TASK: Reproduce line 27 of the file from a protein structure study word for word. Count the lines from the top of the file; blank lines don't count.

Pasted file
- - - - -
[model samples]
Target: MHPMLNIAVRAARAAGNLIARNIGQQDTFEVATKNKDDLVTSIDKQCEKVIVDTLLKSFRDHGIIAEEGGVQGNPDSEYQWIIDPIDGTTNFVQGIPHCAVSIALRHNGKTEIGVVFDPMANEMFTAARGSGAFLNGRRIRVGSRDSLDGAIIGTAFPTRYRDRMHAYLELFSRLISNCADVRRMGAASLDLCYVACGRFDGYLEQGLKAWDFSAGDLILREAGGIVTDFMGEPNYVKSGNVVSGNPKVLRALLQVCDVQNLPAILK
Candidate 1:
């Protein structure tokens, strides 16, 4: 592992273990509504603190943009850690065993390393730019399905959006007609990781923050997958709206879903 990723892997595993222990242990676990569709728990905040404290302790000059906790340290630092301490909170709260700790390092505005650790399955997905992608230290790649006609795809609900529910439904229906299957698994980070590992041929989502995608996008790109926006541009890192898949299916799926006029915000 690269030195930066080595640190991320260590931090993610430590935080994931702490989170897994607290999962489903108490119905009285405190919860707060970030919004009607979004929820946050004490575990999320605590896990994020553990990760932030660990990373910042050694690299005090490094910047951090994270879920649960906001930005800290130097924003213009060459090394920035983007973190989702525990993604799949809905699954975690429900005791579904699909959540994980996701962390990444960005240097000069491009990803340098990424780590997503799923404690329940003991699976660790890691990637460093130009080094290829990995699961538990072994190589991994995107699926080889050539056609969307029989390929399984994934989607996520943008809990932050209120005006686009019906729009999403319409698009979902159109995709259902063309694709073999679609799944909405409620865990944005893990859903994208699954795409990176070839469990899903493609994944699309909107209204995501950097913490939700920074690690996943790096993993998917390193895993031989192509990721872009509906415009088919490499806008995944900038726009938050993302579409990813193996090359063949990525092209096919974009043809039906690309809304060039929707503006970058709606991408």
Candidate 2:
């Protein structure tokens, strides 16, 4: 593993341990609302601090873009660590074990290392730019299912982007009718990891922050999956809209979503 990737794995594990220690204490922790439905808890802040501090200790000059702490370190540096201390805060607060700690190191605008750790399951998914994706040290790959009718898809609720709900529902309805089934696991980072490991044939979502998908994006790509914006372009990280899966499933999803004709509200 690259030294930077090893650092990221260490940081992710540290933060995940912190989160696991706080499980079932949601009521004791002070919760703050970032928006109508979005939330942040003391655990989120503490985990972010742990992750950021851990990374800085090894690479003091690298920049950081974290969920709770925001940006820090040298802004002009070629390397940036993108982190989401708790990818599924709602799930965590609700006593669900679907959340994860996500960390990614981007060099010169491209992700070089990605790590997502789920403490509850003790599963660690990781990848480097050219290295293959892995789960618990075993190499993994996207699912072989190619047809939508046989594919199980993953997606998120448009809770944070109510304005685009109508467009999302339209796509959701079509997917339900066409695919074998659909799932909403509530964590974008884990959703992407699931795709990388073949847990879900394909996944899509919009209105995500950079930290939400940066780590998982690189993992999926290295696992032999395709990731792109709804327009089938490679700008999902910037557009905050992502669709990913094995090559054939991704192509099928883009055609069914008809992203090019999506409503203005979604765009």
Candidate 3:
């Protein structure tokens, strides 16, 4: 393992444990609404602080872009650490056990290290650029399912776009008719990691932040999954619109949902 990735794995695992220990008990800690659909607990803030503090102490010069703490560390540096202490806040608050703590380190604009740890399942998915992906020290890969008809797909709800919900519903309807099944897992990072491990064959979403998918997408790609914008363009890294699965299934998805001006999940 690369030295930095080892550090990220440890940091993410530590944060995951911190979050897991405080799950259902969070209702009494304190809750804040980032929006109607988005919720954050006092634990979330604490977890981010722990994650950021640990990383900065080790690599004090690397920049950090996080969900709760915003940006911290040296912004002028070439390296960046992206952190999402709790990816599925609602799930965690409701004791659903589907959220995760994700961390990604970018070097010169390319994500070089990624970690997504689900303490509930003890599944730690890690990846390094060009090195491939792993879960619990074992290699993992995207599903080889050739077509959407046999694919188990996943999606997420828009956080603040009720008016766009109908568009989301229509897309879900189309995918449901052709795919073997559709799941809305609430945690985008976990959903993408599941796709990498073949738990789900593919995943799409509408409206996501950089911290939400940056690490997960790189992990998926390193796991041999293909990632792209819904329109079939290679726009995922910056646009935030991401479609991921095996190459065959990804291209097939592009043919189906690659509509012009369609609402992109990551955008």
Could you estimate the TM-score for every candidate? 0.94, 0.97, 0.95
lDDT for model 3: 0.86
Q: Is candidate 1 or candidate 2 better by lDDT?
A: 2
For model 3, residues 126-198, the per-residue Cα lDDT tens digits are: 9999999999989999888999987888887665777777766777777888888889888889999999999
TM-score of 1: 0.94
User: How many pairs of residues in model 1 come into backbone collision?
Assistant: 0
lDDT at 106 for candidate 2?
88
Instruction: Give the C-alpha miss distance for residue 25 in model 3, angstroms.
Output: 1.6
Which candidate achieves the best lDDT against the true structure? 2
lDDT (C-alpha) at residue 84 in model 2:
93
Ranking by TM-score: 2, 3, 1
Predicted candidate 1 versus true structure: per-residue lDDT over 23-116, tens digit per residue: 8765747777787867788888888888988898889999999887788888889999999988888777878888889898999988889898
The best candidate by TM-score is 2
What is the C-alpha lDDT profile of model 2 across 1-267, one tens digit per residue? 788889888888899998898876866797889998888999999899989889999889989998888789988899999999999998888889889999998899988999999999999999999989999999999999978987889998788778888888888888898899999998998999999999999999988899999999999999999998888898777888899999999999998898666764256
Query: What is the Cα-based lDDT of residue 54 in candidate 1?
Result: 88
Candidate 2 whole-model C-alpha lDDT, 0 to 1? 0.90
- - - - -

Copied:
What is the C-alpha lDDT profile of model 2 across 1-267, one tens digit per residue? 788889888888899998898876866797889998888999999899989889999889989998888789988899999999999998888889889999998899988999999999999999999989999999999999978987889998788778888888888888898899999998998999999999999999988899999999999999999998888898777888899999999999998898666764256